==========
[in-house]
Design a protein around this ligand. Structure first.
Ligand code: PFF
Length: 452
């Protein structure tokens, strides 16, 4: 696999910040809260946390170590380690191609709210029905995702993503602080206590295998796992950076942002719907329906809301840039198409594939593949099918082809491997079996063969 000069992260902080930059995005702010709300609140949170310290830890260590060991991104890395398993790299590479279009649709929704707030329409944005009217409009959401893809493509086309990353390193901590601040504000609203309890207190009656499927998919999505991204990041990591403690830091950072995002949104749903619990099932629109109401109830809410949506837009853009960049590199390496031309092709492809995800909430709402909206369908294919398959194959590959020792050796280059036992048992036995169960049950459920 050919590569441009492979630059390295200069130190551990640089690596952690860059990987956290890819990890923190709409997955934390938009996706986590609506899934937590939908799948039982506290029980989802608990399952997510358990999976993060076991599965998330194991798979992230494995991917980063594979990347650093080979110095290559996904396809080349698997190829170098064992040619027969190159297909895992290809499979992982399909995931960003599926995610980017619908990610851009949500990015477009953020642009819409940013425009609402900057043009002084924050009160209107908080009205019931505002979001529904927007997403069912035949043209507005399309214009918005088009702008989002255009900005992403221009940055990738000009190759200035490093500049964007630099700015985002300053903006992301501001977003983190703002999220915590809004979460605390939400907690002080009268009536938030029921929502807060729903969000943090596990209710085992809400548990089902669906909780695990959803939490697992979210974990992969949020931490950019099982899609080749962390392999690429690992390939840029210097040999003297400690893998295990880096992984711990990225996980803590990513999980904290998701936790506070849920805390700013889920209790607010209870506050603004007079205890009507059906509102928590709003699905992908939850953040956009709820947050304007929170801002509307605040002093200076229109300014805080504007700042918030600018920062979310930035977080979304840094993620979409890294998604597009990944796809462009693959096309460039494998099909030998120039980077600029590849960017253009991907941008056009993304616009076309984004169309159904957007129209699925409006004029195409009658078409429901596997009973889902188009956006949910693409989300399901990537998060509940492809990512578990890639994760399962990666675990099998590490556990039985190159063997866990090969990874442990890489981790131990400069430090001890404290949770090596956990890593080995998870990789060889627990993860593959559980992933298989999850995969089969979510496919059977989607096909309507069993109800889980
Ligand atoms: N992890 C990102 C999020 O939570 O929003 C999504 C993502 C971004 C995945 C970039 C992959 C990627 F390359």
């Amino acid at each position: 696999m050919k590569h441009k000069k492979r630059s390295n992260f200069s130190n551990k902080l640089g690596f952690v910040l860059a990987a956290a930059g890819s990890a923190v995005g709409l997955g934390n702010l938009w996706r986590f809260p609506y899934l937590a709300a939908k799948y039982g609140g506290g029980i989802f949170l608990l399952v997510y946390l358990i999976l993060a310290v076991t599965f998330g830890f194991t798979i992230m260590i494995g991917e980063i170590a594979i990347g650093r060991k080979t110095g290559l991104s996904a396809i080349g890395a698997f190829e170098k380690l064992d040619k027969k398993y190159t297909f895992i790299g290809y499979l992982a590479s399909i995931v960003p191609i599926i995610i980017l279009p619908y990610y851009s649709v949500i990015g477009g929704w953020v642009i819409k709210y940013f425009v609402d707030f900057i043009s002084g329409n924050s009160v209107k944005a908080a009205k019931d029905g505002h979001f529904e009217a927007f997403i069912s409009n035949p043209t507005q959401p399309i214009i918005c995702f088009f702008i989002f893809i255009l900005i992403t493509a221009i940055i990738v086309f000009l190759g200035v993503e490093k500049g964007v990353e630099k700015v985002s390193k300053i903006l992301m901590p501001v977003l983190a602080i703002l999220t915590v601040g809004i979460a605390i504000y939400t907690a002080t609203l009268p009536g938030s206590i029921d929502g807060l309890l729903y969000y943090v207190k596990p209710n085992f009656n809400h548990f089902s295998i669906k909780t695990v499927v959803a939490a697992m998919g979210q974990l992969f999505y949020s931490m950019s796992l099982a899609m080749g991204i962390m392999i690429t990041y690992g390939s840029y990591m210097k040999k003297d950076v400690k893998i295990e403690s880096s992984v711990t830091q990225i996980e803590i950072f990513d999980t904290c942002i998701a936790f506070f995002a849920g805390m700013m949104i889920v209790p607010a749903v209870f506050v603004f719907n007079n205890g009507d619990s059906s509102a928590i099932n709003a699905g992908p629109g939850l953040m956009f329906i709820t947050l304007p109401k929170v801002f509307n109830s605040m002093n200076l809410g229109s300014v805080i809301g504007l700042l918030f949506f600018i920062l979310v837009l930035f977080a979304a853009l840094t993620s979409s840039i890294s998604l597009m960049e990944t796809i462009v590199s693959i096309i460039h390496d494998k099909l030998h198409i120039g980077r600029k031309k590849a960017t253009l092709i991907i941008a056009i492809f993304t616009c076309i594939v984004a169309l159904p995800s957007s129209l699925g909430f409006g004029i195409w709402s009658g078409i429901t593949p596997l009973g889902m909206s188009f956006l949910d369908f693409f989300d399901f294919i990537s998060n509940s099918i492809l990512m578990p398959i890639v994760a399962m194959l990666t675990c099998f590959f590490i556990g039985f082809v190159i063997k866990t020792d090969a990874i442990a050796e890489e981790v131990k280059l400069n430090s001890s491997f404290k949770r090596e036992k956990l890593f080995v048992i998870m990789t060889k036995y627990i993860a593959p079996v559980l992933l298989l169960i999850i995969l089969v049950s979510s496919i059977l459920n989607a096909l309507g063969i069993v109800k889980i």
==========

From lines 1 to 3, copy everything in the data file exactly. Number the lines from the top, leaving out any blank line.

[in-house]
Design a protein around this ligand. Structure first.
Ligand code: PFF